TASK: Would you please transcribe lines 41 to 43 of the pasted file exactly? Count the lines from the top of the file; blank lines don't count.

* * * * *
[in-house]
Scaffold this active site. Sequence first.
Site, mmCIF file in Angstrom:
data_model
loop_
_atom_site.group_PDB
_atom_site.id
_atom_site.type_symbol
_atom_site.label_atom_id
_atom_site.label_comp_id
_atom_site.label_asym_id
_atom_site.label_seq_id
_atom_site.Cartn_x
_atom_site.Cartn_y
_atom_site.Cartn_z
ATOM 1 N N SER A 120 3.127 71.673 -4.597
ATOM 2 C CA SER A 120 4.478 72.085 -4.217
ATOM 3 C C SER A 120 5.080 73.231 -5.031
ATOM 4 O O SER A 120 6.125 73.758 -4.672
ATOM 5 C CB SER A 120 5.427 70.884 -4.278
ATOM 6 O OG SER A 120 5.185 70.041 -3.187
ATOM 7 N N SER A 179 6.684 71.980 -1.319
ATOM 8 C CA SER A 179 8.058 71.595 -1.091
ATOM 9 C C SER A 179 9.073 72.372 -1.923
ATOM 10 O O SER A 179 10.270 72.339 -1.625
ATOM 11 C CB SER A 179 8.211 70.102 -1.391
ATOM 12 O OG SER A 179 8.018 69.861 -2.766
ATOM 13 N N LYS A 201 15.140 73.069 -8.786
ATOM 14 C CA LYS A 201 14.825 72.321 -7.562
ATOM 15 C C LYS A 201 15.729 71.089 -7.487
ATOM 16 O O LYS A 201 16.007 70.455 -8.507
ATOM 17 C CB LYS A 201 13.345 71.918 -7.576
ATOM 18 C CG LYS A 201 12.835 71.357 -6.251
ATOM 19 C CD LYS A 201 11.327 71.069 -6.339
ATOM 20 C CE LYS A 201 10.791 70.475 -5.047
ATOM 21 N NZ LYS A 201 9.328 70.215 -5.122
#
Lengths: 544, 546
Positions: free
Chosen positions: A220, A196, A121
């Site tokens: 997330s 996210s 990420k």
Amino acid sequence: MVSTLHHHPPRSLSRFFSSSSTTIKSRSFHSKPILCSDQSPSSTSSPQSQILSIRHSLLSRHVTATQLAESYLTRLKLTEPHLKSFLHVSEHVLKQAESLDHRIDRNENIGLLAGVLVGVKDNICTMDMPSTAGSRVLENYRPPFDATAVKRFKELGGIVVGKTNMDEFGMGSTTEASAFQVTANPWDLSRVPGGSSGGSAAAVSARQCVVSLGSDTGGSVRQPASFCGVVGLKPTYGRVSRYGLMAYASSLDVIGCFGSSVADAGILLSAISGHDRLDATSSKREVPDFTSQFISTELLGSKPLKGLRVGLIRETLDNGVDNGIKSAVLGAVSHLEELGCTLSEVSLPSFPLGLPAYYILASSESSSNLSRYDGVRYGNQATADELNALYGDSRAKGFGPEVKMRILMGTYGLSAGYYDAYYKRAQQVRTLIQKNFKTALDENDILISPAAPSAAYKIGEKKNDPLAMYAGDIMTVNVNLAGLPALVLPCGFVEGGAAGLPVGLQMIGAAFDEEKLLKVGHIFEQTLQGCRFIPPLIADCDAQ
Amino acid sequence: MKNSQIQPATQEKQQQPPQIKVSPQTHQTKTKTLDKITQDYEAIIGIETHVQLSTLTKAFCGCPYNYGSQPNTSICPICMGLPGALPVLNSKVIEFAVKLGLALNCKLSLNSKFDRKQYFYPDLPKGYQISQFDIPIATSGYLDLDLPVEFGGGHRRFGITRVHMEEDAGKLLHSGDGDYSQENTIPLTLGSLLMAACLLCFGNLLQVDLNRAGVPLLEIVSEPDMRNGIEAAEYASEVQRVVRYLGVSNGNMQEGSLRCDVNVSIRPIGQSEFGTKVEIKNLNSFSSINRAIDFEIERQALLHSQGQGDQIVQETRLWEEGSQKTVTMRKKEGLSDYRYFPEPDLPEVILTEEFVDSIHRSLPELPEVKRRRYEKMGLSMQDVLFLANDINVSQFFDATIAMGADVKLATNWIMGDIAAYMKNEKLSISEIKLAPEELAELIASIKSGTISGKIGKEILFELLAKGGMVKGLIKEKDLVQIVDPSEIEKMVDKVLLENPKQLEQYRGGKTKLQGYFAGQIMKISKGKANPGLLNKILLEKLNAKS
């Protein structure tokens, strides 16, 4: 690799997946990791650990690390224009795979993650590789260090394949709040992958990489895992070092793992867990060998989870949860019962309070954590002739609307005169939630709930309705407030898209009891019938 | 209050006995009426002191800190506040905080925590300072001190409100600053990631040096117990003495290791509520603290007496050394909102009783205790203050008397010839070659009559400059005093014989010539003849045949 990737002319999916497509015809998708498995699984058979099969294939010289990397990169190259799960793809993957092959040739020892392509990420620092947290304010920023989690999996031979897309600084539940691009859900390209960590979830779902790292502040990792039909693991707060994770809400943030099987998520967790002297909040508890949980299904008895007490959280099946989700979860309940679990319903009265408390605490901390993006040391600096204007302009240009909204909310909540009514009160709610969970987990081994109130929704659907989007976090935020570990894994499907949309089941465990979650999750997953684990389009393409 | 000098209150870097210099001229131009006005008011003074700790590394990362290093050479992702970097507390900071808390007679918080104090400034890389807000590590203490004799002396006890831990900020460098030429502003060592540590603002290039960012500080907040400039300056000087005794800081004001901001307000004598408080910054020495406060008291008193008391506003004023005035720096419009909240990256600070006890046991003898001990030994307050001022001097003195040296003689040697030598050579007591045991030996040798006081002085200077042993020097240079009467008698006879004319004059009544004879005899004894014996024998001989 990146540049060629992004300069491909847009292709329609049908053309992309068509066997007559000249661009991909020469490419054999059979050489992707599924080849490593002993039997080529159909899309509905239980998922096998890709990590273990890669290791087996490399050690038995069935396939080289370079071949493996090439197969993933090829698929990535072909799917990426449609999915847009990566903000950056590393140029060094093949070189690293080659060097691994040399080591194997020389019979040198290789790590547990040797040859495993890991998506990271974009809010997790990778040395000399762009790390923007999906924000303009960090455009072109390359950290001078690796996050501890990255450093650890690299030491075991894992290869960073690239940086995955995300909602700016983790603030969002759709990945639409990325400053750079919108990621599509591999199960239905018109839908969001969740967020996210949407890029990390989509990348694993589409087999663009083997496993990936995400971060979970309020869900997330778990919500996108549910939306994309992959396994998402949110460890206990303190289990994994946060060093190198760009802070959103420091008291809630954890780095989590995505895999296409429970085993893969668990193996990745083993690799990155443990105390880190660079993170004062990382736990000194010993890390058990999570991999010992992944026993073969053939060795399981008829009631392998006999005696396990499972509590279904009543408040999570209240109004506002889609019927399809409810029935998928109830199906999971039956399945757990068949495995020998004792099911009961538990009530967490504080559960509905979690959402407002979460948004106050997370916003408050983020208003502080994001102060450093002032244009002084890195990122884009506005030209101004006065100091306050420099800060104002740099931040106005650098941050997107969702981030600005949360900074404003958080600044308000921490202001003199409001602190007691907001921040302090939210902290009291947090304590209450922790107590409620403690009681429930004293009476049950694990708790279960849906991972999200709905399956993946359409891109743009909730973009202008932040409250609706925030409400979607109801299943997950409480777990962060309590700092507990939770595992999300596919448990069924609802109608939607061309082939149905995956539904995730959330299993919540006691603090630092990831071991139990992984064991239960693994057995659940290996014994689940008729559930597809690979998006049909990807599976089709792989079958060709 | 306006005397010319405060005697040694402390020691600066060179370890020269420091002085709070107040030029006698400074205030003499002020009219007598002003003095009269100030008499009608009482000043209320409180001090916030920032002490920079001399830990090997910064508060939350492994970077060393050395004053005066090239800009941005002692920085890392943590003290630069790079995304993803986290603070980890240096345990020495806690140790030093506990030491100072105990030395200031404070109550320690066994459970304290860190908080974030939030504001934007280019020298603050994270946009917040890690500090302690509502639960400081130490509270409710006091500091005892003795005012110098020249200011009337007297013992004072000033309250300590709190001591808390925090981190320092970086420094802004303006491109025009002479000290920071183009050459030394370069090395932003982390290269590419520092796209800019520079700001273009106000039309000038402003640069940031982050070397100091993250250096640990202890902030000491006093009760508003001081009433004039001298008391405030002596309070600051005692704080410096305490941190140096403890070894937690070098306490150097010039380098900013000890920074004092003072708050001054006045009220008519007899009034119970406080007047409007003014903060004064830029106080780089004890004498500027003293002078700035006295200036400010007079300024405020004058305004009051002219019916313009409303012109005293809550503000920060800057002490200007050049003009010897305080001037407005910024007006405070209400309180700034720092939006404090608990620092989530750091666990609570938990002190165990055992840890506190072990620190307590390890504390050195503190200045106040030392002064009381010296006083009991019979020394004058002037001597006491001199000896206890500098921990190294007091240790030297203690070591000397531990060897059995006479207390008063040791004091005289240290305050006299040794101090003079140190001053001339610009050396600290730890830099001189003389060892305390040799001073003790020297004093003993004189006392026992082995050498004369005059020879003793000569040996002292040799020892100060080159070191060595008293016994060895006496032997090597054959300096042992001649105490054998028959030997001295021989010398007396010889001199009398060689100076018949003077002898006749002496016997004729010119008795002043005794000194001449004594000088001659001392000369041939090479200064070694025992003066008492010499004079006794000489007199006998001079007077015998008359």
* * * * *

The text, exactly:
């Site tokens: 997330s 996210s 990420k």
Amino acid sequence: MVSTLHHHPPRSLSRFFSSSSTTIKSRSFHSKPILCSDQSPSSTSSPQSQILSIRHSLLSRHVTATQLAESYLTRLKLTEPHLKSFLHVSEHVLKQAESLDHRIDRNENIGLLAGVLVGVKDNICTMDMPSTAGSRVLENYRPPFDATAVKRFKELGGIVVGKTNMDEFGMGSTTEASAFQVTANPWDLSRVPGGSSGGSAAAVSARQCVVSLGSDTGGSVRQPASFCGVVGLKPTYGRVSRYGLMAYASSLDVIGCFGSSVADAGILLSAISGHDRLDATSSKREVPDFTSQFISTELLGSKPLKGLRVGLIRETLDNGVDNGIKSAVLGAVSHLEELGCTLSEVSLPSFPLGLPAYYILASSESSSNLSRYDGVRYGNQATADELNALYGDSRAKGFGPEVKMRILMGTYGLSAGYYDAYYKRAQQVRTLIQKNFKTALDENDILISPAAPSAAYKIGEKKNDPLAMYAGDIMTVNVNLAGLPALVLPCGFVEGGAAGLPVGLQMIGAAFDEEKLLKVGHIFEQTLQGCRFIPPLIADCDAQ
Amino acid sequence: MKNSQIQPATQEKQQQPPQIKVSPQTHQTKTKTLDKITQDYEAIIGIETHVQLSTLTKAFCGCPYNYGSQPNTSICPICMGLPGALPVLNSKVIEFAVKLGLALNCKLSLNSKFDRKQYFYPDLPKGYQISQFDIPIATSGYLDLDLPVEFGGGHRRFGITRVHMEEDAGKLLHSGDGDYSQENTIPLTLGSLLMAACLLCFGNLLQVDLNRAGVPLLEIVSEPDMRNGIEAAEYASEVQRVVRYLGVSNGNMQEGSLRCDVNVSIRPIGQSEFGTKVEIKNLNSFSSINRAIDFEIERQALLHSQGQGDQIVQETRLWEEGSQKTVTMRKKEGLSDYRYFPEPDLPEVILTEEFVDSIHRSLPELPEVKRRRYEKMGLSMQDVLFLANDINVSQFFDATIAMGADVKLATNWIMGDIAAYMKNEKLSISEIKLAPEELAELIASIKSGTISGKIGKEILFELLAKGGMVKGLIKEKDLVQIVDPSEIEKMVDKVLLENPKQLEQYRGGKTKLQGYFAGQIMKISKGKANPGLLNKILLEKLNAKS